What actions will you take to continually improve your own media literacy? Your students’ and colleagues’?

My first step in improving my personal media literacy was joining COETAL courses, and now the more I read, the more questions I have. I started to explore by myself and found a lot of exciting resources. My colleague from Middle school, Irena, and I have decided to create PD for teachers to introduce the issue of Digital Safety and Student Privacy. 

I decided to examine the learning engagements and assessments through the lens of media literacy and to find the way to engage students in real-world inquiries that require them to search out information, assess it, and interpret its social and cultural context; connect with other students around the world, and write for authentic audiences. 

How have you supported your students and peers in becoming more empathetic?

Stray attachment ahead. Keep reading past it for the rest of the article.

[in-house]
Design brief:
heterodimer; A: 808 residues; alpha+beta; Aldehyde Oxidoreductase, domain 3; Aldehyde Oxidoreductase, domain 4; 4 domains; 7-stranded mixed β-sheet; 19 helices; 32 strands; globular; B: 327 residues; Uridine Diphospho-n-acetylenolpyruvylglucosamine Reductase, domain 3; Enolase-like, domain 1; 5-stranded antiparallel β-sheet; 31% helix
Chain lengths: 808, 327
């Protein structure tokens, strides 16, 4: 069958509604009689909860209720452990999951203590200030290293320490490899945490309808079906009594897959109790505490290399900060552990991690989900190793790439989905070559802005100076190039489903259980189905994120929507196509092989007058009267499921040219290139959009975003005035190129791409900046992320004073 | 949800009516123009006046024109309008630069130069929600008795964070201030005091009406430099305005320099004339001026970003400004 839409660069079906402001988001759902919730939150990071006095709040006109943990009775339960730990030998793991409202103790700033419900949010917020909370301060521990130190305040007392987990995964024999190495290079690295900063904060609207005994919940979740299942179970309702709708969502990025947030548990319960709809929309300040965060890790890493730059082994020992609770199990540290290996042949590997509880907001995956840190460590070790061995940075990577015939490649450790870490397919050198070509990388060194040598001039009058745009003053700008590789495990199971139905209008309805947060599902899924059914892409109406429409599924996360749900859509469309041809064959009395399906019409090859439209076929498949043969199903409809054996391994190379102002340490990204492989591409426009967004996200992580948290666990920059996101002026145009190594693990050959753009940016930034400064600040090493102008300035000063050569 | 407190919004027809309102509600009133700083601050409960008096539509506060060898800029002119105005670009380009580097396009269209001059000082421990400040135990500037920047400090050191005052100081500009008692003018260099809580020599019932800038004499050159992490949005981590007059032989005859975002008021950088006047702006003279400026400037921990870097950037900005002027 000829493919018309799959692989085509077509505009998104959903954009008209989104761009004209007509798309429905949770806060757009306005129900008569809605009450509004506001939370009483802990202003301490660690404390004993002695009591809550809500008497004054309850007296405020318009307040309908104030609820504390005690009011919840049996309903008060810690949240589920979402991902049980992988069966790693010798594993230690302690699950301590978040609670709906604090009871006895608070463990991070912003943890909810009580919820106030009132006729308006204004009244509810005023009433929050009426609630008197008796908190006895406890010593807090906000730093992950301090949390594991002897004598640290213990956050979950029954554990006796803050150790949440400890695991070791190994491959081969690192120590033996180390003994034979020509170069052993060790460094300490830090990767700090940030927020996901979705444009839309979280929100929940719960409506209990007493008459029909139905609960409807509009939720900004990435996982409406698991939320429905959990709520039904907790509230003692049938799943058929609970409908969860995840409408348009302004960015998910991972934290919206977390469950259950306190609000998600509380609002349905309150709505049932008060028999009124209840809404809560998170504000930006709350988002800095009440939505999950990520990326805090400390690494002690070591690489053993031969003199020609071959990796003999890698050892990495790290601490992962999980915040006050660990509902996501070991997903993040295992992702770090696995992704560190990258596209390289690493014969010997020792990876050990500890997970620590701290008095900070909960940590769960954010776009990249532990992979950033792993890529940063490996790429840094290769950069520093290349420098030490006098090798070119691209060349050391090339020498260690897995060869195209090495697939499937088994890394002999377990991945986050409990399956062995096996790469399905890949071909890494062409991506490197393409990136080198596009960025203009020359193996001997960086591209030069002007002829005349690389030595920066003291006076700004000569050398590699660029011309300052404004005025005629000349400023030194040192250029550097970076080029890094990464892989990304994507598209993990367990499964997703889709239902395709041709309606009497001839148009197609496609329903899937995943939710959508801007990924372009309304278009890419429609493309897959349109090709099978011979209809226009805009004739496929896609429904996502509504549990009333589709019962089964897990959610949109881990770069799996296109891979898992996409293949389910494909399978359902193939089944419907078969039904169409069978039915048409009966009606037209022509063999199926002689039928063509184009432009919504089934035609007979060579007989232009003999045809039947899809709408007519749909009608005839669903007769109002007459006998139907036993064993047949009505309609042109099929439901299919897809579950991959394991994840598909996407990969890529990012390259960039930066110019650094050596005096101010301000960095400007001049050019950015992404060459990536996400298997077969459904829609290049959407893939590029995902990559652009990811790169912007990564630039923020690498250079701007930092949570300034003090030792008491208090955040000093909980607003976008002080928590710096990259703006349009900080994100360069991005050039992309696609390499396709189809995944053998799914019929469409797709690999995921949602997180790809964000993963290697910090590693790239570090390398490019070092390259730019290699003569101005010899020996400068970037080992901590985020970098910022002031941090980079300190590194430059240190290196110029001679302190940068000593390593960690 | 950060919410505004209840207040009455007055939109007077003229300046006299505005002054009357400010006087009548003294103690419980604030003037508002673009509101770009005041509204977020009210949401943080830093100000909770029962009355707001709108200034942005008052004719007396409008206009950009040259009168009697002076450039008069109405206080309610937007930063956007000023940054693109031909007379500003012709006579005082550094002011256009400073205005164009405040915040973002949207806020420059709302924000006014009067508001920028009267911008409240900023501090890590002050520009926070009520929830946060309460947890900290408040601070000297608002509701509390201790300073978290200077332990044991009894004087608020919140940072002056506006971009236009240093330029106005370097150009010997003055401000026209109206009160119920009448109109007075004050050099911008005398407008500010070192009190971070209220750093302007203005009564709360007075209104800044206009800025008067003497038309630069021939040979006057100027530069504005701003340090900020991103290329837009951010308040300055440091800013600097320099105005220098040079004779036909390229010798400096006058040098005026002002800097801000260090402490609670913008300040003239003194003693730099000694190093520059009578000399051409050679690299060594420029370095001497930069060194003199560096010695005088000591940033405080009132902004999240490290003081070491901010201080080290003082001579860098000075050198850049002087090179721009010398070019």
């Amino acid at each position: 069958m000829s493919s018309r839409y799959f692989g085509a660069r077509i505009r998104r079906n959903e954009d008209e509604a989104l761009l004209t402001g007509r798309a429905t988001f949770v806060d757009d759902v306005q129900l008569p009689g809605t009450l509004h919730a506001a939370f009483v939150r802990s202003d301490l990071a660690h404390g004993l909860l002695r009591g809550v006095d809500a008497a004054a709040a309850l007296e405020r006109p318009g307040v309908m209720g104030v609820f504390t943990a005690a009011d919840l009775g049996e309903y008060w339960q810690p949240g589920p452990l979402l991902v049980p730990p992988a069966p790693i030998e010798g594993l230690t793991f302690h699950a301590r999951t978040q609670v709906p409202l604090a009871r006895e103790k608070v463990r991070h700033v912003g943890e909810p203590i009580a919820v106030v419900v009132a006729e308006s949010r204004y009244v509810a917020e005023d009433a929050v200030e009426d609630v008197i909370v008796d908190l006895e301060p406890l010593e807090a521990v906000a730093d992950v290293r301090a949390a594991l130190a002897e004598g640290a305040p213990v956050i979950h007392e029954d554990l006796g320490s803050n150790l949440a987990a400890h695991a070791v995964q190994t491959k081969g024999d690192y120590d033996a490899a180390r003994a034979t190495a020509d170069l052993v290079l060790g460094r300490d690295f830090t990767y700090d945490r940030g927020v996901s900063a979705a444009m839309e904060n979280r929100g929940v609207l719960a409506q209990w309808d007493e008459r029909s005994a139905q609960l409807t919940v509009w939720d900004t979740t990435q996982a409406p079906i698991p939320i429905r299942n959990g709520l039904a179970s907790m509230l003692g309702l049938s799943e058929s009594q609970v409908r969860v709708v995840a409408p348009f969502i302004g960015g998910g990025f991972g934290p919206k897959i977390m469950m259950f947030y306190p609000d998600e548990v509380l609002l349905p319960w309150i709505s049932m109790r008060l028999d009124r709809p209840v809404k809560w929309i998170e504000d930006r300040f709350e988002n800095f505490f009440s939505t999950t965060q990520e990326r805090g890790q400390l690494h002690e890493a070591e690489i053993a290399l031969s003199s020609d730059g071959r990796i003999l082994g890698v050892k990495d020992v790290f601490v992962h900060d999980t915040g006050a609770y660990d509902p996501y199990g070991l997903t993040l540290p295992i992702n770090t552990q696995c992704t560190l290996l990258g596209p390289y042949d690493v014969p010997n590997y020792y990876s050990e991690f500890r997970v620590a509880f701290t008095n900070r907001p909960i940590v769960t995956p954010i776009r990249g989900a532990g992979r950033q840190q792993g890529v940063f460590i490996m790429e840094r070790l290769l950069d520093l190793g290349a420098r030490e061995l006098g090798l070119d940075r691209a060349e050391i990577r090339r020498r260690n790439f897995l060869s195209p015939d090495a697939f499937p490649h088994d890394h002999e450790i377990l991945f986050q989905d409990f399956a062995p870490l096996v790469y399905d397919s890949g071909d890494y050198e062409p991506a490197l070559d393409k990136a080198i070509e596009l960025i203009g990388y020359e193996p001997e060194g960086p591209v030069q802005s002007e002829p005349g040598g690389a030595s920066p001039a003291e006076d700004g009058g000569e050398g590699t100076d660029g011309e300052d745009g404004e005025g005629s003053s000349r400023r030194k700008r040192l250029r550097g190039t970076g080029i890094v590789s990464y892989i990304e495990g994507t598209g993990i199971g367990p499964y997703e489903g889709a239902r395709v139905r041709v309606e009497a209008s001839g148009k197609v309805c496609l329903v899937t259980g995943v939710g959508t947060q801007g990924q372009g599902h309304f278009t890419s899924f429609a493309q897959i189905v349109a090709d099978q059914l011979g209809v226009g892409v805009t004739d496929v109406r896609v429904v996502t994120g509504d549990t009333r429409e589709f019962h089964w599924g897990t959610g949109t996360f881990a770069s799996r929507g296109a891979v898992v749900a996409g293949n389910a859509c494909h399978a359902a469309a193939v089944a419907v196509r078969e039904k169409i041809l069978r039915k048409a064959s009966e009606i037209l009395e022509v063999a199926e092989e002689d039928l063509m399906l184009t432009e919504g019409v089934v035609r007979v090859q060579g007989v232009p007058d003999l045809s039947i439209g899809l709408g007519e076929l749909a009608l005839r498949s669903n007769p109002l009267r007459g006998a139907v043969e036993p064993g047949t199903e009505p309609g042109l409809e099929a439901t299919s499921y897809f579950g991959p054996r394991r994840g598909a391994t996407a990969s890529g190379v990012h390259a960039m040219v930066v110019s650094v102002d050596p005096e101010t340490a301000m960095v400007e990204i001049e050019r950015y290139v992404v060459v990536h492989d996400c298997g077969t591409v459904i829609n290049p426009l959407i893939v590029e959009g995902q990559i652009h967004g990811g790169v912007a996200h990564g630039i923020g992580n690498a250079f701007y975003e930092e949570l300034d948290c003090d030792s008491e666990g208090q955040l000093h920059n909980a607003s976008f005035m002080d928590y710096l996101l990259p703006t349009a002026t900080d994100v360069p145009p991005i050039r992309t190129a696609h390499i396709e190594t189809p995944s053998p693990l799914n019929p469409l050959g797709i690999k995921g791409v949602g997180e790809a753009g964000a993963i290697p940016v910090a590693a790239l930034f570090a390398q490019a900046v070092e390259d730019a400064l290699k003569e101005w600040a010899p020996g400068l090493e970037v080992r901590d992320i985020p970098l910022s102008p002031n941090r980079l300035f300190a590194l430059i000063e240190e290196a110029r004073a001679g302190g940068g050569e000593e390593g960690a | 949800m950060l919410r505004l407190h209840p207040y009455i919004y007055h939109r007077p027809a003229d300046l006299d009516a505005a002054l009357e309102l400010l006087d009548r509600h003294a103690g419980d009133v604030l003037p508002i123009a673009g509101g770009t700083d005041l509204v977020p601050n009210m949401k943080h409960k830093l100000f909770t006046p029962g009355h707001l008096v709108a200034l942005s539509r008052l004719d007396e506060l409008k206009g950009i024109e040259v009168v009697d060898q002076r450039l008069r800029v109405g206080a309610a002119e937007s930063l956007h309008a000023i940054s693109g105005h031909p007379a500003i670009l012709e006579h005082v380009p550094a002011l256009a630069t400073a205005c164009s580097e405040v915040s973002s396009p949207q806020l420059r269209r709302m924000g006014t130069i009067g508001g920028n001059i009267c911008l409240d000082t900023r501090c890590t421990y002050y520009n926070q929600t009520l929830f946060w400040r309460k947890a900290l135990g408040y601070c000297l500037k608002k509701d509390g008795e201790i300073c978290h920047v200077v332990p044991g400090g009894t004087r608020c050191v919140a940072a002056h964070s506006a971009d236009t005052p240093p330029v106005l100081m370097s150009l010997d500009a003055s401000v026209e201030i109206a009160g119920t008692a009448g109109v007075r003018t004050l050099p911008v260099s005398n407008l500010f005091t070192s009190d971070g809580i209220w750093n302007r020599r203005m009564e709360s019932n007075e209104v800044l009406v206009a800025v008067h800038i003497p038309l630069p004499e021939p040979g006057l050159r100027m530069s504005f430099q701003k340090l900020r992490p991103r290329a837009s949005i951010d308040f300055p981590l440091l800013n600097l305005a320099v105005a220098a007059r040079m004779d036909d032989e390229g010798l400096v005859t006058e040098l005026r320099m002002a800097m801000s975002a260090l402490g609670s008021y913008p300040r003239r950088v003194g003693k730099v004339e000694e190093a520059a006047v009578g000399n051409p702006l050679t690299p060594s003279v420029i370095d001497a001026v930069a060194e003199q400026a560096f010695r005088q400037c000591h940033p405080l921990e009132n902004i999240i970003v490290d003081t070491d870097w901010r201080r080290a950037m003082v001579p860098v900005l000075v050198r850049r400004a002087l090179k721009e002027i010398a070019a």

Empathy – “the action of understanding, being aware of, being sensitive to, and vicariously experiencing the feelings, thoughts, and experience of another of either the past or present without having the feelings, thoughts, and experience fully communicated in an objectively explicit manner” (Merriam-Webster dictionary).

Empathy plays a significant role in the WL classroom. At the beginning of the year, we create the classroom agreement in which we agree that it is important to be caring and respectful, and it is OK to make language mistakes because we are learning. 

We have different dialogues and role-plays when students imagine themselves in the other person’s situation, and they have to experience the emotions that the other person could experience and try to understand the feeling and choose the appropriate language structures and intonations, voice volume. So, we are modeling empathy on an everyday basis during language class.